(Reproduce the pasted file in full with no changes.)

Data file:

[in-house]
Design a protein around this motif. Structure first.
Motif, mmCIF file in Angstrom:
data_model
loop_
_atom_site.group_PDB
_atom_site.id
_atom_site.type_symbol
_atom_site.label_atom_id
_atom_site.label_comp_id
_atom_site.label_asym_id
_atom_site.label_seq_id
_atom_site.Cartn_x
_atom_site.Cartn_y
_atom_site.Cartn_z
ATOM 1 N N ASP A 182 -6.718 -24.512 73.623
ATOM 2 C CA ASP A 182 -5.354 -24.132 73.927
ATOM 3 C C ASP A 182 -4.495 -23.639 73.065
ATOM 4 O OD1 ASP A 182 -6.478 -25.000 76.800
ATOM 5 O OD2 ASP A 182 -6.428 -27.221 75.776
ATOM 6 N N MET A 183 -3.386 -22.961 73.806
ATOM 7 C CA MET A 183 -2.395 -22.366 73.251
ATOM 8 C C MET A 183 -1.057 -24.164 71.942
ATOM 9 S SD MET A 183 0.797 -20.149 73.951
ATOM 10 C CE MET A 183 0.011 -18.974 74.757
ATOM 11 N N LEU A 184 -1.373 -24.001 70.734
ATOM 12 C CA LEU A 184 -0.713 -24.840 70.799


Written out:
[in-house]
Design a protein around this motif. Structure first.
Motif, mmCIF file in Angstrom:
data_model
loop_
_atom_site.group_PDB
_atom_site.id
_atom_site.type_symbol
_atom_site.label_atom_id
_atom_site.label_comp_id
_atom_site.label_asym_id
_atom_site.label_seq_id
_atom_site.Cartn_x
_atom_site.Cartn_y
_atom_site.Cartn_z
ATOM 1 N N ASP A 182 -6.718 -24.512 73.623
ATOM 2 C CA ASP A 182 -5.354 -24.132 73.927
ATOM 3 C C ASP A 182 -4.495 -23.639 73.065
ATOM 4 O OD1 ASP A 182 -6.478 -25.000 76.800
ATOM 5 O OD2 ASP A 182 -6.428 -27.221 75.776
ATOM 6 N N MET A 183 -3.386 -22.961 73.806
ATOM 7 C CA MET A 183 -2.395 -22.366 73.251
ATOM 8 C C MET A 183 -1.057 -24.164 71.942
ATOM 9 S SD MET A 183 0.797 -20.149 73.951
ATOM 10 C CE MET A 183 0.011 -18.974 74.757
ATOM 11 N N LEU A 184 -1.373 -24.001 70.734
ATOM 12 C CA LEU A 184 -0.713 -24.840 70.799